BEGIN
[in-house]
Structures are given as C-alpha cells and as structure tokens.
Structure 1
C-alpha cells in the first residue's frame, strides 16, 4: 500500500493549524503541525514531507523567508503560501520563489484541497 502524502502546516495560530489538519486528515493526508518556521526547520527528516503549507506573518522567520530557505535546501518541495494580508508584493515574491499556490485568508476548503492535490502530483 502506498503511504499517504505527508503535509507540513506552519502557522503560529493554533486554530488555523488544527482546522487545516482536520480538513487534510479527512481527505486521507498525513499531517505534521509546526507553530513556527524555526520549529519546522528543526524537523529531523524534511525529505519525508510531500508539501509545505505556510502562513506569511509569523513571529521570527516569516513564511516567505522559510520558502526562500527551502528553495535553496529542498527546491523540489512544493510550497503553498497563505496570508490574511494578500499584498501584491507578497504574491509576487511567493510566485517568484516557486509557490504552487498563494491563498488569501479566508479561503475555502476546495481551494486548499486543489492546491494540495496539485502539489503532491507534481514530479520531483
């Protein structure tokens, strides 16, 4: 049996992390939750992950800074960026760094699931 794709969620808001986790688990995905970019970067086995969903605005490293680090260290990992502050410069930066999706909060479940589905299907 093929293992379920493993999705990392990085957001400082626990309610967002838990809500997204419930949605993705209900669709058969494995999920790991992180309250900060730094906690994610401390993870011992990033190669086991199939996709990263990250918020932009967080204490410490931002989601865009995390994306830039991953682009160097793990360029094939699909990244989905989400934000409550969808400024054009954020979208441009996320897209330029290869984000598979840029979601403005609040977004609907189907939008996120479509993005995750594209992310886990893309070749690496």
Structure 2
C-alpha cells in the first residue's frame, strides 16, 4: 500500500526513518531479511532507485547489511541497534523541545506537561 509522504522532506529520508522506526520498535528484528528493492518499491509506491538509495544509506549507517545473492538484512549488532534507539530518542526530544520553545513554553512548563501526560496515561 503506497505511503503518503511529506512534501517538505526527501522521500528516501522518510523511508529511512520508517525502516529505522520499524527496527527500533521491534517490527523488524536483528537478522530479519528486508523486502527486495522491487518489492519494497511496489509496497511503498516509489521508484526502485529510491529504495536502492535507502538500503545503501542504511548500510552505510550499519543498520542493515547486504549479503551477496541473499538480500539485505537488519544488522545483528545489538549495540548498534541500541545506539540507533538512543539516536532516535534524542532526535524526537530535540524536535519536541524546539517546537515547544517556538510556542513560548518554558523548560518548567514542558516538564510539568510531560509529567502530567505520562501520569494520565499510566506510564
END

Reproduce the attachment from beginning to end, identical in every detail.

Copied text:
[in-house]
Structures are given as C-alpha cells and as structure tokens.
Structure 1
C-alpha cells in the first residue's frame, strides 16, 4: 500500500493549524503541525514531507523567508503560501520563489484541497 502524502502546516495560530489538519486528515493526508518556521526547520527528516503549507506573518522567520530557505535546501518541495494580508508584493515574491499556490485568508476548503492535490502530483 502506498503511504499517504505527508503535509507540513506552519502557522503560529493554533486554530488555523488544527482546522487545516482536520480538513487534510479527512481527505486521507498525513499531517505534521509546526507553530513556527524555526520549529519546522528543526524537523529531523524534511525529505519525508510531500508539501509545505505556510502562513506569511509569523513571529521570527516569516513564511516567505522559510520558502526562500527551502528553495535553496529542498527546491523540489512544493510550497503553498497563505496570508490574511494578500499584498501584491507578497504574491509576487511567493510566485517568484516557486509557490504552487498563494491563498488569501479566508479561503475555502476546495481551494486548499486543489492546491494540495496539485502539489503532491507534481514530479520531483
């Protein structure tokens, strides 16, 4: 049996992390939750992950800074960026760094699931 794709969620808001986790688990995905970019970067086995969903605005490293680090260290990992502050410069930066999706909060479940589905299907 093929293992379920493993999705990392990085957001400082626990309610967002838990809500997204419930949605993705209900669709058969494995999920790991992180309250900060730094906690994610401390993870011992990033190669086991199939996709990263990250918020932009967080204490410490931002989601865009995390994306830039991953682009160097793990360029094939699909990244989905989400934000409550969808400024054009954020979208441009996320897209330029290869984000598979840029979601403005609040977004609907189907939008996120479509993005995750594209992310886990893309070749690496």
Structure 2
C-alpha cells in the first residue's frame, strides 16, 4: 500500500526513518531479511532507485547489511541497534523541545506537561 509522504522532506529520508522506526520498535528484528528493492518499491509506491538509495544509506549507517545473492538484512549488532534507539530518542526530544520553545513554553512548563501526560496515561 503506497505511503503518503511529506512534501517538505526527501522521500528516501522518510523511508529511512520508517525502516529505522520499524527496527527500533521491534517490527523488524536483528537478522530479519528486508523486502527486495522491487518489492519494497511496489509496497511503498516509489521508484526502485529510491529504495536502492535507502538500503545503501542504511548500510552505510550499519543498520542493515547486504549479503551477496541473499538480500539485505537488519544488522545483528545489538549495540548498534541500541545506539540507533538512543539516536532516535534524542532526535524526537530535540524536535519536541524546539517546537515547544517556538510556542513560548518554558523548560518548567514542558516538564510539568510531560509529567502530567505520562501520569494520565499510566506510564